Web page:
SPRINTS: Steve Kinser Calls It A Career; Says Lebanon Is “Likely” His Last Ride

Jacob Seelman 0 Comments

Steve Kinser celebrated his last All Stars Circuit of Champions win on Aug. 22, 2015 at I-96 Speedway in Michigan. He retired Monday night at Lebanon Valley Speedway in New York. (CSP/Chris Seelman photo)

Steve Kinser celebrated his last All Stars Circuit of Champions win on Aug. 22, 2015 at I-96 Speedway in Michigan. He retired Monday night at Lebanon Valley Speedway in New York. (CSP/Chris Seelman photo)

WEST LEBANON, N.Y. — The ‘King’ of the World of Outlaws, and arguably of sprint car racing anywhere in the United States, is officially hanging up his helmet.

Steve Kinser, a 20-time champion of the World of Outlaws Craftsman Sprint Car Series and winner of virtually every major sprint car race in North America, announced on the frontstretch following Monday night’s Arctic Cat All Stars Circuit of Champions main event at Lebanon Valley Speedway in New York that it was “more than likely” his final sprint car race.

Kinser, 62, has won some of the most storied prizes in the history of the sport. He won the inaugural Outlaws crown in 1978 and followed that title up with 19 more between 1979 and 2005, including a stretch of 11 in 12 seasons between 1983 and 1994.

He also won the Knoxville Nationals (known as ‘The Granddaddy of Them All’ in sprint car circles) a record 12 times as part of a whopping 577 Outlaws A-Feature victories, a mark that stands alone as the most in series history, and also claimed 12 Gold Cup Race of Champions wins at Silver Dollar Speedway in Chico, California and seven King’s Royal wins at Eldora Speedwayamong his many accolades.

Kinser also won the 2006 National Sprint Tour championship during a one-year hiatus from the Outlaws schedule.

In recent years, the veteran had cut back his racing efforts, competing in his last full-time Outlaws season in 2014 and only racing part-time last season. Kinser scored a pair of victories during his part-time tour and had raced in a handful of starts this year before his announcement on Monday night.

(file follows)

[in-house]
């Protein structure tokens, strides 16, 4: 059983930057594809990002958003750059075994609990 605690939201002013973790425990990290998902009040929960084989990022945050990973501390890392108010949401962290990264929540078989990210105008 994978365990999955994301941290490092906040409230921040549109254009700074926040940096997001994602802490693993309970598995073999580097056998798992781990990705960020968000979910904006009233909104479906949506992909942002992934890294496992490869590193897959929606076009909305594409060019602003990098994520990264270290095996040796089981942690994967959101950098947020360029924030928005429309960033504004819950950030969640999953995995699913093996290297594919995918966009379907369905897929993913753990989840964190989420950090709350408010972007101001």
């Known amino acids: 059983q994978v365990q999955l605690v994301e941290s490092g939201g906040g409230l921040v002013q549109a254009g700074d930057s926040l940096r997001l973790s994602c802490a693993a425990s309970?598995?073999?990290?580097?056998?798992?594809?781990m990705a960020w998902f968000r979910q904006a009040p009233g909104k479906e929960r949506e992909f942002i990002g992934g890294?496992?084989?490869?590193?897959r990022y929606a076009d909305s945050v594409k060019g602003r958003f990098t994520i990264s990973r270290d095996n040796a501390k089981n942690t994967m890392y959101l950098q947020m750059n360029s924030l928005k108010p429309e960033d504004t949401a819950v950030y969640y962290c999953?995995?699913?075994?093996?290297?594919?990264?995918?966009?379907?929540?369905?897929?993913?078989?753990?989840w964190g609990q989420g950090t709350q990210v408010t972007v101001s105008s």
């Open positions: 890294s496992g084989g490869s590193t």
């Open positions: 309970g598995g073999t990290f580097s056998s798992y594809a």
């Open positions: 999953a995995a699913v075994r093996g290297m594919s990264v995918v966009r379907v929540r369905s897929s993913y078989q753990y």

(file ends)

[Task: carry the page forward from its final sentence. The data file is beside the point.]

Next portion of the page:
His last All Stars win at I-96 Speedway in Michigan came exactly one year prior to his retirement announcement, on Aug. 22, 2015.

Over more than 30 years in motorsports, Kinser also found success outside of sprint car racing. He was the first sprint car driver to ever be invited to compete with in the International Race of Champions (IROC) field, winning an IROC race at Talladega Superspeedway in 1994, and made five NASCAR Sprint Cup Series starts during the 1995 season driving for legendary drag racer Kenny Bernstein. His best Cup finish was 27th at Rockingham Speedway.

Kinser even competed in the 1997 Indianapolis 500, coming home 14th in his only Indy car start.

A quiet native of Bloomington, Indiana, Kinser leaves a legacy on all of motorsports that is unmatched and will likely never be equaled in the modern era.

His son Kraig will continue to compete on the All Stars Circuit of Champions in a Steve Kinser Racing/Arctic Cat No. 11K. Kraig won the Knoxville Nationals in his own right in 2005.

 

About the Writer

jacobseelmanJacob Seelman is the Managing Editor of Race Chaser Online and creator of the Motorsports Madness radio show, airing at 7 p.m. Eastern every Monday on the Performance Motorsports Network.

Seelman grew up in the sport, watching his grandparents co-own the RaDiUs Motorsports NASCAR Cup Series team in the 1990s.

The 22-year-old is currently studying Broadcast Journalism at Winthrop University in Rock Hill, S.C., and is also serving as the full-time tour announcer for the Must See Racing Sprint Car Series.

Email Jacob at: speed77radio@gmail.com

Follow on Twitter: @Speed77Radio or @JacobSeelman77

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